The Undead

By: Greg Mitchell The new Atomic Testing Museum in Las Vegas not only downplays the health and safety fallout from the nuclear era here at home. It also offers a misleading historical narrative on the only use of nuclear weapons against a foreign power, and it fails to mention that anyone died from that use.

In my previous column, I looked at New York Times reporter Judith Miller's favorable account of her visit to the museum, affiliated with the Department of Energy and the Smithsonian, which opened Feb. 20. As I observed, another reporter at Miller's paper, Edward Rothstein, after his own tour, struck a quite different note, citing a ?crucial flaw? at the museum: its tone of ?justification? and its leaving ?many unanswered questions about the past.?

In her story, Miller also failed to make any mention of Hiroshima and Nagasaki, or the museum's treatment of the atomic attacks -- this from a reporter who helped pave the way for the war on Iraq by raising the specter of nuclear annihilation. But she's not alone: I haven't seen anything about the atomic attacks in any other press coverage of the museum.

It set me to wondering how the museum tackled the only use of The Bomb against an enemy (in contrast to the hundreds of times we used it on ourselves), so I emailed a set of questions to museum director William Johnson.

This is not just one of my (many) idle concerns. I have probed the use of the bomb against Japan, and its aftermath, for more than 20 years, after spending several weeks in Hiroshima and Nagasaki in 1985 when I was editor of Nuclear Times magazine. I've written dozens of articles on the subject, co-authored a book with Robert Jay Lifton, and last year worked on a nuclear film.

It's an endlessly fascinating subject because even after nearly 60 years honorable people honorably disagree about whether the U.S. absolutely needed to use the bomb against Japan, at that time, in that way.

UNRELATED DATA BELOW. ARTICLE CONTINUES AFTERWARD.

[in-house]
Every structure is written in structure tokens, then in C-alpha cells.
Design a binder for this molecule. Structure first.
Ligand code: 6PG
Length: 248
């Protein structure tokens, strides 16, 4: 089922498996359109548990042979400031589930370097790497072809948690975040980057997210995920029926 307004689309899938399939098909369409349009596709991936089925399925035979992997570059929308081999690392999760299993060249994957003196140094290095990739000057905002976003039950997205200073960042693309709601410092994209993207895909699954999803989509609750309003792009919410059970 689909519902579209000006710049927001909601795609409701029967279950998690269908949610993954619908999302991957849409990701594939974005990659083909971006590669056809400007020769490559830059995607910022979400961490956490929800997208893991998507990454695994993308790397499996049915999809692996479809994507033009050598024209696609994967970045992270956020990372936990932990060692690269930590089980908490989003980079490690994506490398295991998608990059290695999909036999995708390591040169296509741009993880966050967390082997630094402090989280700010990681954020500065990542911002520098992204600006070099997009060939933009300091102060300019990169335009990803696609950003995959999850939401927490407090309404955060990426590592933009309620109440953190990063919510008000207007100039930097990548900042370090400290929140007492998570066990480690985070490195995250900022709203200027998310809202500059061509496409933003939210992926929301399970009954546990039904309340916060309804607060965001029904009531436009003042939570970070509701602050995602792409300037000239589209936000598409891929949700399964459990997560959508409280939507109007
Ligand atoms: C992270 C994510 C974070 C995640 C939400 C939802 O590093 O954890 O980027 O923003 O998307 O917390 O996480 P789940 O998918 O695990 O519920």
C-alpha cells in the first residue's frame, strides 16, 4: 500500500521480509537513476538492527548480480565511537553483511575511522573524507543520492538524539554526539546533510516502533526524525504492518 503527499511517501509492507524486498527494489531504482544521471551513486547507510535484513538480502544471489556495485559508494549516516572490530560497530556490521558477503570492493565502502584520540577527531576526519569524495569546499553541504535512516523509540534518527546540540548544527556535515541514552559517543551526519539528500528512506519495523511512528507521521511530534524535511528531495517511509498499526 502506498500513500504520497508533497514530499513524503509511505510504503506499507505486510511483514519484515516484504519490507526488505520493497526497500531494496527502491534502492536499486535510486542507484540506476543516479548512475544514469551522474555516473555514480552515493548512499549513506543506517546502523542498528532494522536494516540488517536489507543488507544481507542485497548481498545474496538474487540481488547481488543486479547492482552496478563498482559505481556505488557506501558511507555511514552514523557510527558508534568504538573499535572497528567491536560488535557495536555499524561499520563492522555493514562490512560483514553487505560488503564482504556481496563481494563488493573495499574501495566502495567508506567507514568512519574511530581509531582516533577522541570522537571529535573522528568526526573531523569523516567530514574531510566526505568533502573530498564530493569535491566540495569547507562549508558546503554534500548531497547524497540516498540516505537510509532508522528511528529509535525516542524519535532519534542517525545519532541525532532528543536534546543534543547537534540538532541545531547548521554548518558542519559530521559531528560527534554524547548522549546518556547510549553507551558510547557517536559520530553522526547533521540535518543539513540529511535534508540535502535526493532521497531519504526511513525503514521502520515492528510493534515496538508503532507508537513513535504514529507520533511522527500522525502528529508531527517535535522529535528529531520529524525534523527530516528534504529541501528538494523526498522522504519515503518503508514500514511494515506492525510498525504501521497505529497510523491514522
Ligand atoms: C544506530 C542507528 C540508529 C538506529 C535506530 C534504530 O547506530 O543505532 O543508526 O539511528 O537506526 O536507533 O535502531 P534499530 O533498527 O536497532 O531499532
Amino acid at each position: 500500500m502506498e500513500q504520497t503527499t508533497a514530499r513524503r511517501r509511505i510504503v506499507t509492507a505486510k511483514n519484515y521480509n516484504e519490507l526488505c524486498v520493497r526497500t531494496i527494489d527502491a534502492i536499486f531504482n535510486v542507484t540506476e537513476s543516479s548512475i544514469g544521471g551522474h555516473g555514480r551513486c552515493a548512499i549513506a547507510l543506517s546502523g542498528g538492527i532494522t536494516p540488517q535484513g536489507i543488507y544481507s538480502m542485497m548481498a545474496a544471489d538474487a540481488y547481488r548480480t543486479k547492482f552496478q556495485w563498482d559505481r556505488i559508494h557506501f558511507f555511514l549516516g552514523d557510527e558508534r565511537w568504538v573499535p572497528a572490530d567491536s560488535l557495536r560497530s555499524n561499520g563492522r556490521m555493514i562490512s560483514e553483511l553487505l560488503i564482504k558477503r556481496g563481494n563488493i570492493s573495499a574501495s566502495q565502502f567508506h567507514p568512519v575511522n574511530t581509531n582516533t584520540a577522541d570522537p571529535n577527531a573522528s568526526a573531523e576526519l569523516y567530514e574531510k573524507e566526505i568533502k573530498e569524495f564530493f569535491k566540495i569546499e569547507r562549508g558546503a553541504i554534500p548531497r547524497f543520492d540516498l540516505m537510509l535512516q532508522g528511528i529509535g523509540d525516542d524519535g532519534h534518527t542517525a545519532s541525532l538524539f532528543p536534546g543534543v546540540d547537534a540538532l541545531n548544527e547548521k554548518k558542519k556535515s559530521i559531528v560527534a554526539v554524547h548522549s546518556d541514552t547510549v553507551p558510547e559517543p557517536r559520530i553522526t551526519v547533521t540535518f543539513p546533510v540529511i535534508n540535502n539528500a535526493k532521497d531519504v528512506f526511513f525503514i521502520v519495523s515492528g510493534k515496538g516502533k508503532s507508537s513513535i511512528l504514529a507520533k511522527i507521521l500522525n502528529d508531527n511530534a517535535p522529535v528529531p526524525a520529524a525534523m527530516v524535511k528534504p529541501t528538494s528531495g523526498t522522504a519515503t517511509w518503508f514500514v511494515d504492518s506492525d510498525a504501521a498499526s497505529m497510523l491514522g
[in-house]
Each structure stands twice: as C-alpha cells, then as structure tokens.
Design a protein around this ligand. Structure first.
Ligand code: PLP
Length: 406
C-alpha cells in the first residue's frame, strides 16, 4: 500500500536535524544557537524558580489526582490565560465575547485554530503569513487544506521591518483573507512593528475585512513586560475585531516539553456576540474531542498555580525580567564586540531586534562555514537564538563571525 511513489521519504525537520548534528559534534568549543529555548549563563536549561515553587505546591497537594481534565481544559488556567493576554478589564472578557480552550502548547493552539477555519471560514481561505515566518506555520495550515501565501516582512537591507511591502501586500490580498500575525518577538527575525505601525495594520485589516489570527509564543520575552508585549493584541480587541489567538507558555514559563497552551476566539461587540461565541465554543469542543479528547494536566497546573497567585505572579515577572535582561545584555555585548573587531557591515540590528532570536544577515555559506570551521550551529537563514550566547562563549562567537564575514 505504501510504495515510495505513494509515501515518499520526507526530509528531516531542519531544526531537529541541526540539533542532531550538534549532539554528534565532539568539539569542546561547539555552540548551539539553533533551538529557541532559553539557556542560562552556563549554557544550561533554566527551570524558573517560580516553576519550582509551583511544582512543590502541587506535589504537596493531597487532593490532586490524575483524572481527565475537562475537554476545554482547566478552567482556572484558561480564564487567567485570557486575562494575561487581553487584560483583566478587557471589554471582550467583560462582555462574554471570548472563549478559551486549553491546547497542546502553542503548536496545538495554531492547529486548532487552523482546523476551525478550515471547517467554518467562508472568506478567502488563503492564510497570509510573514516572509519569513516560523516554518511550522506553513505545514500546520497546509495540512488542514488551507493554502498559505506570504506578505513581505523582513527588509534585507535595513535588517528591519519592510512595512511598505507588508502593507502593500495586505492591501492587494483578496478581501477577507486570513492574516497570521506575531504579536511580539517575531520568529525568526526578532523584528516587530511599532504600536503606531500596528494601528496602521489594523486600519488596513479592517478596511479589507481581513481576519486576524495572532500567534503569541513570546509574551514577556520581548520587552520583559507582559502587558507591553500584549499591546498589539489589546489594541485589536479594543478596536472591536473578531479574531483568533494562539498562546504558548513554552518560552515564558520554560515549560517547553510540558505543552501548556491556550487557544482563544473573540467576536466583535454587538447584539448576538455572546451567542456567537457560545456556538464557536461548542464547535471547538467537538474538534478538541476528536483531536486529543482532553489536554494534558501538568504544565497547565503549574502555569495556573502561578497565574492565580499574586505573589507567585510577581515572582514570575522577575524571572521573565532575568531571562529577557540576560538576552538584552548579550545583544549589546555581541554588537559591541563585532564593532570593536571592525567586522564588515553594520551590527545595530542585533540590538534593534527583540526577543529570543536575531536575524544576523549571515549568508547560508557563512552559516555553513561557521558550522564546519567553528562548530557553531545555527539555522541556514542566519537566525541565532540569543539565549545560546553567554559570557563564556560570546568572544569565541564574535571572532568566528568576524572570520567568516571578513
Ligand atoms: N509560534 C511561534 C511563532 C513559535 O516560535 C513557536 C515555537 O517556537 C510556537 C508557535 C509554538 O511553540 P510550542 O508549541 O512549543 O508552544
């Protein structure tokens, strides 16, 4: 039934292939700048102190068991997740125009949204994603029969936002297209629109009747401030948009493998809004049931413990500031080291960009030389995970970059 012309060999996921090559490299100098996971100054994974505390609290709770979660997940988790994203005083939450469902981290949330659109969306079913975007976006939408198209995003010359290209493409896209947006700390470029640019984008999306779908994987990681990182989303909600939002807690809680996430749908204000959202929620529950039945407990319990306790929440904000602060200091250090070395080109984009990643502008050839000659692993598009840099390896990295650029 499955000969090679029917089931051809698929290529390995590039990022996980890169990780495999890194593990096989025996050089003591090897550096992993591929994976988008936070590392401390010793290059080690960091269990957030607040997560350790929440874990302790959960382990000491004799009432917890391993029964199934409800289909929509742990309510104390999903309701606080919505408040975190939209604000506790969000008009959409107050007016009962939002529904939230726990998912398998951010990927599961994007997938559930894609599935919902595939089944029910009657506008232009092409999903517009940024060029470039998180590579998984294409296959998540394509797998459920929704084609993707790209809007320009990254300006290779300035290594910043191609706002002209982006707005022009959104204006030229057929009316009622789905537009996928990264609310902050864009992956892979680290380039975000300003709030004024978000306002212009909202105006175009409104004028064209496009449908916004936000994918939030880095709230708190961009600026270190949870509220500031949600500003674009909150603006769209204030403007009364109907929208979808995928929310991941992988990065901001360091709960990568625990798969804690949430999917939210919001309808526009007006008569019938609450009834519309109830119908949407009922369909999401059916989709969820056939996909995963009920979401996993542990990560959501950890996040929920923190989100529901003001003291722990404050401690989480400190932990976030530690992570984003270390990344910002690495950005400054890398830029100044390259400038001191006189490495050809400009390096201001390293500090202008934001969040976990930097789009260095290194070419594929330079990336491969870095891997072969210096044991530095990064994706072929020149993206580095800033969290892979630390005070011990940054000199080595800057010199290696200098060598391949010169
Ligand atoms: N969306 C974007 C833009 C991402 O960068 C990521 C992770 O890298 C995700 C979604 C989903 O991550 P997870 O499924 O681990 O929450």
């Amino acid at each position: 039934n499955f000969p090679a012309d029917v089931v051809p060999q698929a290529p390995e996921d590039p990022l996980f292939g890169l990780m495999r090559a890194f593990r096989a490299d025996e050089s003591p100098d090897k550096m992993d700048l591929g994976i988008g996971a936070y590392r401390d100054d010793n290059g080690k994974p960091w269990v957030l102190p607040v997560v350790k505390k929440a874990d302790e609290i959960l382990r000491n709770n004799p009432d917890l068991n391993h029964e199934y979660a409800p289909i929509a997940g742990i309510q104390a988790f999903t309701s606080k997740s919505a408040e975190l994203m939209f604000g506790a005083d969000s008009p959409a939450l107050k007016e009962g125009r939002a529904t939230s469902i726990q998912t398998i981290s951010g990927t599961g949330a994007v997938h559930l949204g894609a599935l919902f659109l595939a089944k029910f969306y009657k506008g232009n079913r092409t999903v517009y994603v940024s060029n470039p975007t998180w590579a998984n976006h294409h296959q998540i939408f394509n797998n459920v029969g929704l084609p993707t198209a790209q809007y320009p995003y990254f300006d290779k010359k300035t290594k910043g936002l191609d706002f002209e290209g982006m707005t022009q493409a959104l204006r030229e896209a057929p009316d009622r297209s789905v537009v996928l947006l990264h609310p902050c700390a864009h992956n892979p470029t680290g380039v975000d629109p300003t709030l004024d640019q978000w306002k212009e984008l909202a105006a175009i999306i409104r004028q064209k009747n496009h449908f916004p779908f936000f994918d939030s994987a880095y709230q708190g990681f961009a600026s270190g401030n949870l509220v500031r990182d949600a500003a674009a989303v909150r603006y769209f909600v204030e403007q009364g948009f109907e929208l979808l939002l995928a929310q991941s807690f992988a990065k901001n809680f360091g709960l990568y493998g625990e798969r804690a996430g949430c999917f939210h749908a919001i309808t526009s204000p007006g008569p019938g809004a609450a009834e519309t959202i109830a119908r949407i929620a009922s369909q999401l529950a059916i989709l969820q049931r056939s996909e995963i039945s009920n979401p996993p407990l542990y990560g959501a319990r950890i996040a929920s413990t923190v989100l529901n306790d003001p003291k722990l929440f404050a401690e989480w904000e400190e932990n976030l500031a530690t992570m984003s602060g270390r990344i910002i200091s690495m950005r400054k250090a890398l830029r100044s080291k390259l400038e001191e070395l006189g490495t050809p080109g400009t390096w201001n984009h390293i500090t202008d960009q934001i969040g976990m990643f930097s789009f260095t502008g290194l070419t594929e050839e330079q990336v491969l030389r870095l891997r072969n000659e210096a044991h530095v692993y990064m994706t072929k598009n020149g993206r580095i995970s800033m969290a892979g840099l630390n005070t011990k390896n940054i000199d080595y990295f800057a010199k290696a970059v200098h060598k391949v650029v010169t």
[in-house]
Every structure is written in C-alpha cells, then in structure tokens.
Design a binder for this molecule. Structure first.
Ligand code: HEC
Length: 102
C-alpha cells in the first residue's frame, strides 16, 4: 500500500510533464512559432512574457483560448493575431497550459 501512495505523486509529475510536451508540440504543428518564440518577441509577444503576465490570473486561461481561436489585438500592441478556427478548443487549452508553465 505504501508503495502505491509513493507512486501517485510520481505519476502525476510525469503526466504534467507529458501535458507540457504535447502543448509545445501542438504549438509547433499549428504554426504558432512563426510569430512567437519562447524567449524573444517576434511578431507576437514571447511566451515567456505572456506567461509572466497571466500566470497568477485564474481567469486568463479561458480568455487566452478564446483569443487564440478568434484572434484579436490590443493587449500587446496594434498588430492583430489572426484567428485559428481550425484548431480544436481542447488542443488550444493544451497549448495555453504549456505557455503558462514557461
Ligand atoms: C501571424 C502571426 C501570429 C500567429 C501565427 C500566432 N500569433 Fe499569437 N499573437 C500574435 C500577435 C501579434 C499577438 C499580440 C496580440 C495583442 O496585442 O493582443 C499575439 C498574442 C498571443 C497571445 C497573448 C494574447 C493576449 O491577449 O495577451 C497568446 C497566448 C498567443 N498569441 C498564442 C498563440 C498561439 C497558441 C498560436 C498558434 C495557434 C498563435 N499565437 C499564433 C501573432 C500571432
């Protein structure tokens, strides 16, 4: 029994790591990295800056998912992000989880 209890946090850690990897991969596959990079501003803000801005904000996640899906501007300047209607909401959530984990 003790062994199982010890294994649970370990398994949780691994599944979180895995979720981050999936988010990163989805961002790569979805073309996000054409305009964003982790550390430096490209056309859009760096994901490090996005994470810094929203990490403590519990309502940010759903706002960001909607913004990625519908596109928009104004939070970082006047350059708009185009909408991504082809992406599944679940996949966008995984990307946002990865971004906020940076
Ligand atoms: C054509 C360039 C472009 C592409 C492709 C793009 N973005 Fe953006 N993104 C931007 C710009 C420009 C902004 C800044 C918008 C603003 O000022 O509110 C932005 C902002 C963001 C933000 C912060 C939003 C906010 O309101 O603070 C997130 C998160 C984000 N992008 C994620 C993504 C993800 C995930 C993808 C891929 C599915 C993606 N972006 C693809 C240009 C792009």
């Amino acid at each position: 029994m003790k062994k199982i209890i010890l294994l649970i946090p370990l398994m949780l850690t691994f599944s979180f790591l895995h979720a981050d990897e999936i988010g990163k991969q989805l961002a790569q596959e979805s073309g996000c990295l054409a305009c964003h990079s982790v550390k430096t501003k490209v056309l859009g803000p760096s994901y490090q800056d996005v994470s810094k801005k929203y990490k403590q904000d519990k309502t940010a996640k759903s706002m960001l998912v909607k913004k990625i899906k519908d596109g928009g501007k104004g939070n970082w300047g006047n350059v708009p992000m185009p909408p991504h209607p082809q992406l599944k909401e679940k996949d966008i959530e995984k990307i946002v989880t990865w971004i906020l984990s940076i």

According to the lengthy e-mail reply from director Johnson, the museum does not merely cover the hundreds of Nevada tests starting in the early 1950s, but goes back to the beginning of the nuclear era with the first detonation at the Trinity site in New Mexico in July 1945. It then moves forward, briefly, to the atomic attacks less than a month later on Hiroshima (August 6) and Nagasaki (August 9).

From the exhibits, however, you'd never know for certain that anyone died in the attacks. In an email to me, director Johnson said: "The numbers are not explicitly stated."

The museum does show a mushroom cloud and single images of the ruins of Hiroshima and Nagasaki, but here (as provided by Johnson) is the text of the main panel in the museum on this subject:

?In an effort to end the war with Japan quickly and with the fewest casualties, an untested uranium bomb, named Little Boy, was detonated over Hiroshima, Japan, on August 6, 1945. When Japan did not surrender, a second bomb of the same design as the Trinity device, named Fat Man, was detonated over Nagasaki, Japan, on August 9, 1945, with devastating results. Japan surrendered five days later.?

The next panel, titled ?Ending World War II,? goes back in time a bit for this narrative:

?A belief that an Allied invasion of the Japanese mainland would be very bloody with estimates of American casualties alone running up to one million abounded. Policy makers unanimously concluded the atomic bomb would end the war with the least bloodshed and should be used without warning against military targets. Accordingly, two atomic bombs were detonated over industrial military targets in early August 1945. Japan surrendered shortly afterwards ending World War II, avoiding a massive Allied invasion and post-war division among the victors.?